have had some acclaim. But we still have troubles paying
the bills. Like that Juice list of the 50 most powerful/influential/whatever
people in Australian music - I'd say I'd be one of the few
on it that has trouble paying the mortgage some months."
"But that's not the only reason you
get in the van, it's because there's a gig at the end of
it, where you can make a racket for an hour or two."
There is money to be made, particularly
if a band is prepared to do it 'the American way'. Having
been through some real ups (a well received tour with Soundgarden)
and downs (not having a record deal there at the time to
capitalise on the good notices) in their dealing with the
USA, You Am I at least now know what they are dealing with.
Tim: "It's not a need anymore, the
fascination is different - it's great to be in Memphis or
New York, but the bullshit of being told to talk with certain
record company people, or certain radio people just sucks
the life out of the whole band."
"To be stuck on some bad tour, dragging your arse across
America for no result - I don't think I could face that
again," agrees Rusty.
"It can be a nightmare," according to Andy, "the
attitude that they'll only release something if they know
it's going to work."
One of the reasons Dress Me Slowly has
been so long in coming was a whole season of recording was
trashed due to disagreement with the approach of a producer
appointed by their American record company. Everything was
to be 'loud and proud', all big hooks and no substance.
"The songs that are on this record are the ones that
were untainted, the ones that the producers didn't try to
fuck with - those ones ended up as b-sides."
"Here's a copy of this Dave Matthews
Band record, can you make it sound like this?," is
how Russell describes the career advice.
"But some younger American bands
seem to go along with it, love it even. We met some bands
over there, and the first thing they say is 'so, who you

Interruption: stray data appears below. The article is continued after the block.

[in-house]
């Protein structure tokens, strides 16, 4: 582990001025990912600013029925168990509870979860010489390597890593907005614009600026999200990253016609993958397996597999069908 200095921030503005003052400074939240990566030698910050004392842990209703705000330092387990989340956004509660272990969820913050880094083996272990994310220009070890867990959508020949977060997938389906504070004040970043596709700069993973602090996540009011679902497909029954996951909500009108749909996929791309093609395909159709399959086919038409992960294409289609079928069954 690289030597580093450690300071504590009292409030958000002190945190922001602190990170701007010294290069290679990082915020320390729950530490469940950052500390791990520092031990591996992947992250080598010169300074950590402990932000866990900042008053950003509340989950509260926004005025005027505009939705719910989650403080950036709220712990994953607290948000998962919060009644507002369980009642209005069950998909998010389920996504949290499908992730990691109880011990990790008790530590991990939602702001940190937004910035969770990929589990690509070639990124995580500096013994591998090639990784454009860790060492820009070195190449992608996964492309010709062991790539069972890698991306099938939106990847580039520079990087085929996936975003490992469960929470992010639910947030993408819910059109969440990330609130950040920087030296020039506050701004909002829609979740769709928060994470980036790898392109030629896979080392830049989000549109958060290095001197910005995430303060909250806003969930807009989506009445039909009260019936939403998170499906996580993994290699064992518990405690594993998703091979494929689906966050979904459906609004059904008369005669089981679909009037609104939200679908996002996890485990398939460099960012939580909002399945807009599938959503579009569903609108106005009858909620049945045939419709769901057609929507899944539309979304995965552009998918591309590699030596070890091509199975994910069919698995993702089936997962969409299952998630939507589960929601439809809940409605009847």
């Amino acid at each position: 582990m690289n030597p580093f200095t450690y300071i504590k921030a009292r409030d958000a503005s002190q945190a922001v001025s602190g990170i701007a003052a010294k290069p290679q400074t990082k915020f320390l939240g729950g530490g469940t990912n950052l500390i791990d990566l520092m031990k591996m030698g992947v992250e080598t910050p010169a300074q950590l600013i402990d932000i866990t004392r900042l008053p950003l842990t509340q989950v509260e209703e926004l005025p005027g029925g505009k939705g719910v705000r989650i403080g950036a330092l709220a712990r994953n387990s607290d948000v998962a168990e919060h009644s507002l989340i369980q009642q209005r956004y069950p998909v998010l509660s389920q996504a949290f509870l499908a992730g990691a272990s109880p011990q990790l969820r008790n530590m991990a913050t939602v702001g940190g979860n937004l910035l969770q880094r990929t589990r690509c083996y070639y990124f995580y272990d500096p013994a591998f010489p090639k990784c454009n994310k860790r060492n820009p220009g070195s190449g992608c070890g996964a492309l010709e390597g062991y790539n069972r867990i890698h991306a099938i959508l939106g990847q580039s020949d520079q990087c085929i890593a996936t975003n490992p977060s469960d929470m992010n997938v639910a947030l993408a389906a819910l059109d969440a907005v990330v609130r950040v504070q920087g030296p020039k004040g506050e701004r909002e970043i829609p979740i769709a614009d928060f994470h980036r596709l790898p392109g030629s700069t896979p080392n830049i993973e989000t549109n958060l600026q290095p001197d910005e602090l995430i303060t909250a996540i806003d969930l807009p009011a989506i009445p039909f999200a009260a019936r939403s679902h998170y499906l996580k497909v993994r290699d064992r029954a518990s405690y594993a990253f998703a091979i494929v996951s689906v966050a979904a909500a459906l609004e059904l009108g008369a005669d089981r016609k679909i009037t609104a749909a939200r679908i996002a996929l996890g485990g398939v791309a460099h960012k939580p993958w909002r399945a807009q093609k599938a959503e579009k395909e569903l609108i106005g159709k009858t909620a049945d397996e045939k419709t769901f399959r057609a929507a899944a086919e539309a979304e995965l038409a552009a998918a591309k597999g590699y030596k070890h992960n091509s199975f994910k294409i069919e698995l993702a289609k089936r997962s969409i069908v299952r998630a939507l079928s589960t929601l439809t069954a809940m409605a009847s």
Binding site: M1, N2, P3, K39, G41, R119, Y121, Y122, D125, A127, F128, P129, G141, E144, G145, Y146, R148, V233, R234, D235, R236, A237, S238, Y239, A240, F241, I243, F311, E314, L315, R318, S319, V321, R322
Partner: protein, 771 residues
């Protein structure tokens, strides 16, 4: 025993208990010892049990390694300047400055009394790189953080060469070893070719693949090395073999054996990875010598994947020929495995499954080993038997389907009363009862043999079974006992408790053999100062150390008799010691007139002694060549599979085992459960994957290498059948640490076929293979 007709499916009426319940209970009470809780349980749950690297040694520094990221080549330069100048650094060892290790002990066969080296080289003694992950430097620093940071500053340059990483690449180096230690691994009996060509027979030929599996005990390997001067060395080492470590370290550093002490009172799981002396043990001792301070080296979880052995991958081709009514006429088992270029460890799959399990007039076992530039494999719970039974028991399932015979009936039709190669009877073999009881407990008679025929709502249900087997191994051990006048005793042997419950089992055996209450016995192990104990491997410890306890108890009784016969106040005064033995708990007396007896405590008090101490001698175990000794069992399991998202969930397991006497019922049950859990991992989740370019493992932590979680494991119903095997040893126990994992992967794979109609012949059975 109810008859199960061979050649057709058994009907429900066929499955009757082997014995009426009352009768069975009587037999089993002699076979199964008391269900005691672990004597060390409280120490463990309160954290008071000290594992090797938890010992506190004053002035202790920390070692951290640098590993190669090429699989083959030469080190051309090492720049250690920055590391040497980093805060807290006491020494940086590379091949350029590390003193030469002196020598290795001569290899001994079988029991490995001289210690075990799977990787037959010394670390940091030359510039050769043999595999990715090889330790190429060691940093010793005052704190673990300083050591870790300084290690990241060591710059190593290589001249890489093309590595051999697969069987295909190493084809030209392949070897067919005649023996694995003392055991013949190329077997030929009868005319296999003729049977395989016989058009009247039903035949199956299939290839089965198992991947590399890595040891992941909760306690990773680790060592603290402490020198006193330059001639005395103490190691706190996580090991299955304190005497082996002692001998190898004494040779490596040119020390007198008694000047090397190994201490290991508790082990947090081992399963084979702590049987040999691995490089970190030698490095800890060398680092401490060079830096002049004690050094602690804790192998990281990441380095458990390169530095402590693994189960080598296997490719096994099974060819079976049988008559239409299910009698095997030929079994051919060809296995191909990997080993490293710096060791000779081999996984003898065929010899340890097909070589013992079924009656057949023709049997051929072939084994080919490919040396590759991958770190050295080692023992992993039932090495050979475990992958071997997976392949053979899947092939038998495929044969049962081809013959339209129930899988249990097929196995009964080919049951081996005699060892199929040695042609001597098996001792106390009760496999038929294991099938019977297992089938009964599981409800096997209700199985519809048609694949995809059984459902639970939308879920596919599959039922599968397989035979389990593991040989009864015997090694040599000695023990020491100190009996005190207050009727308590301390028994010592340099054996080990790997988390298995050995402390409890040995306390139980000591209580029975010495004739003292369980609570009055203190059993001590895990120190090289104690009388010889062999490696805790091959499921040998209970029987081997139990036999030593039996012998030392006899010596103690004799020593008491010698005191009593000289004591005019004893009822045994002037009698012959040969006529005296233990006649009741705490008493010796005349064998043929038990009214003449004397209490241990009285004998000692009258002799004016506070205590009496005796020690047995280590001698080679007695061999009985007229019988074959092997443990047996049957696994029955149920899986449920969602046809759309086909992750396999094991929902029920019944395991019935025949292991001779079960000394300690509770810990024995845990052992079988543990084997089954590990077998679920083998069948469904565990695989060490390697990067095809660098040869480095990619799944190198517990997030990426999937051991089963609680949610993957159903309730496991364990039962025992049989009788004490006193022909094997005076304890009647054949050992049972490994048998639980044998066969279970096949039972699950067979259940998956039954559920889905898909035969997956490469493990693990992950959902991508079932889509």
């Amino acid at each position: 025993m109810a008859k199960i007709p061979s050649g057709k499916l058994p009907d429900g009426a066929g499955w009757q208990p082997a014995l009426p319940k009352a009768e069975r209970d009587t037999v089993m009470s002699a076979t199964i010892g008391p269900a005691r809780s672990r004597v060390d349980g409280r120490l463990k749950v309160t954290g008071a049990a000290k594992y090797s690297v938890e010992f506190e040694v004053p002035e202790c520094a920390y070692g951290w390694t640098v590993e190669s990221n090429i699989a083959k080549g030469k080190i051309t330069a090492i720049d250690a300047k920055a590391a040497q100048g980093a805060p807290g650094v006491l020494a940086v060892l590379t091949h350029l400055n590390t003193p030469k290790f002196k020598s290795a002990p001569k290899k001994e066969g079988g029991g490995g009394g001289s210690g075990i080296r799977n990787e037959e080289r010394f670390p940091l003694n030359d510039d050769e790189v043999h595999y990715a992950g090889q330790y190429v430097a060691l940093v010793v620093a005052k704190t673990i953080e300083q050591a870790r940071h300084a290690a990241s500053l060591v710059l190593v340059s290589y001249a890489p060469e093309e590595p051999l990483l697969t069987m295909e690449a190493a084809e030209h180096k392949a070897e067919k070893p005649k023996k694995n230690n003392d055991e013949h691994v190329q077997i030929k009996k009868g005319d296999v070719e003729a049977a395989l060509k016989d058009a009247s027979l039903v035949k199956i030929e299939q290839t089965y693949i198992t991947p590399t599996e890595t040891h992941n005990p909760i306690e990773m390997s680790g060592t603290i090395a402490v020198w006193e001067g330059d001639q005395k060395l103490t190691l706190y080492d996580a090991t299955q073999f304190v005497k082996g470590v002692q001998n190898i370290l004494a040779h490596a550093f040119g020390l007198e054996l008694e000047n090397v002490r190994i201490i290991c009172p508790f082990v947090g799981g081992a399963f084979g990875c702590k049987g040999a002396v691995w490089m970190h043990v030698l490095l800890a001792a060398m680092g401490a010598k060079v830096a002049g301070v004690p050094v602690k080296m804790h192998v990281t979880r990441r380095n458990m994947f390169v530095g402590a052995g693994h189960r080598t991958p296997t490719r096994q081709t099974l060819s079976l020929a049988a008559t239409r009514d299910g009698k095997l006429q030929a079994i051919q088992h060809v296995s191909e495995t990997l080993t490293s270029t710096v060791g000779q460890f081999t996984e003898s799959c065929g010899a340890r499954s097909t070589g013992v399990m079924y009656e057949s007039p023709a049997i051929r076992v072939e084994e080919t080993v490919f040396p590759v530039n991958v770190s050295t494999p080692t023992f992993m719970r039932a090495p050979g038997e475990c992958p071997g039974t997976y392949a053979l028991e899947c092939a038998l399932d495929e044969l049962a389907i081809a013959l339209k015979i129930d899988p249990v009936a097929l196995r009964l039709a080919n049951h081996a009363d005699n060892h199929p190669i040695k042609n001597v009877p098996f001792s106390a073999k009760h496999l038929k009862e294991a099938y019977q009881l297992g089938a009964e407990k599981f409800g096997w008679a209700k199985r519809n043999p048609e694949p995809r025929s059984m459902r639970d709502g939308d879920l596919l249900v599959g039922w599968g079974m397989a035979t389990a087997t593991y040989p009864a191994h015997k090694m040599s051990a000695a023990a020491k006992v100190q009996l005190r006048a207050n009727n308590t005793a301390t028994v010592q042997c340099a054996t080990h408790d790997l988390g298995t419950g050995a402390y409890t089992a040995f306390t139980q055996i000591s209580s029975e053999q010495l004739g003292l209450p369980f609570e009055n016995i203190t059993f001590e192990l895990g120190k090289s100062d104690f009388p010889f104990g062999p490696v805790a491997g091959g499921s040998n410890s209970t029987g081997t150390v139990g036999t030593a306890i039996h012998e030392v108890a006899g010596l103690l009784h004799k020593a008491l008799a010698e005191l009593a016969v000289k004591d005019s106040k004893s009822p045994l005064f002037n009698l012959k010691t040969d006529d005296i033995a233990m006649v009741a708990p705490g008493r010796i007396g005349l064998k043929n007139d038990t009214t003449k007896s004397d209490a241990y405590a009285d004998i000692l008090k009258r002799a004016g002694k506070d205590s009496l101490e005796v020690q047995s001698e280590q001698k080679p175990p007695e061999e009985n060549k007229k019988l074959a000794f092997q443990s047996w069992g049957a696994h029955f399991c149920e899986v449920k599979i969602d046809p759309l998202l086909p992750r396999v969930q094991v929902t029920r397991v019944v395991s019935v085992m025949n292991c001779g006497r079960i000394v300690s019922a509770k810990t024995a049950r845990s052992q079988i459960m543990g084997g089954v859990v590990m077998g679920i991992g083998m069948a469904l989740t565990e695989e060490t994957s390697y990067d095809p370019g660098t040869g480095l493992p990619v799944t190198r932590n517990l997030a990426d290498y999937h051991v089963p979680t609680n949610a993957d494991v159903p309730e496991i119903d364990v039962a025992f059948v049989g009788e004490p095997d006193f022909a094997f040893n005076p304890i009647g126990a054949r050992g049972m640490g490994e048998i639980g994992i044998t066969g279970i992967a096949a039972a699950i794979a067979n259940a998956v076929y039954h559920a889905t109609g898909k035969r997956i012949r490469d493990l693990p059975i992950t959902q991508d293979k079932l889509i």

signed to? who's you're A&R man?," Tim despairs,
"Should we mention that a young guy we met named Marilyn
Manson was right up there in that attitude?"
"The strange thing is you get noticed,
and get signed because you are different - and as soon as
they sign you it's 'ok, change now', and they do."
So, Tim, with all the shit of it, how
do you still write happy rock and roll tunes?
"Ahh, that's simple. I'm in one of the handful of great
rock and roll bands in the world. I've got a beautiful wife,
a beautiful little daughter, a handful of good friends...."
"...a good car..." Rusty interjects.
"...and a wish my footy team was doing better."
the North Melbourne AFL tragic adds, before he goes on,
showing some of the idealism is still intact: "It's
just the nature of it, a bit of bullshit purpose about it,
some heart and soul. Just getting up like we did for Studio
22 the other night, and just having a frigging ball with
these guys. What more could you want?"
So, you're just a good old-fashioned rock
and roll band?
"We're a GREAT, old-fashioned rock and roll band,"
he corrects, firmly. No argument here.
You Am I's Reverence and Disregard Tour
with Eskimo Joe and The Vines is at The Enmore Theatre on
Friday. Dress Me Slowly (RCA) is out now.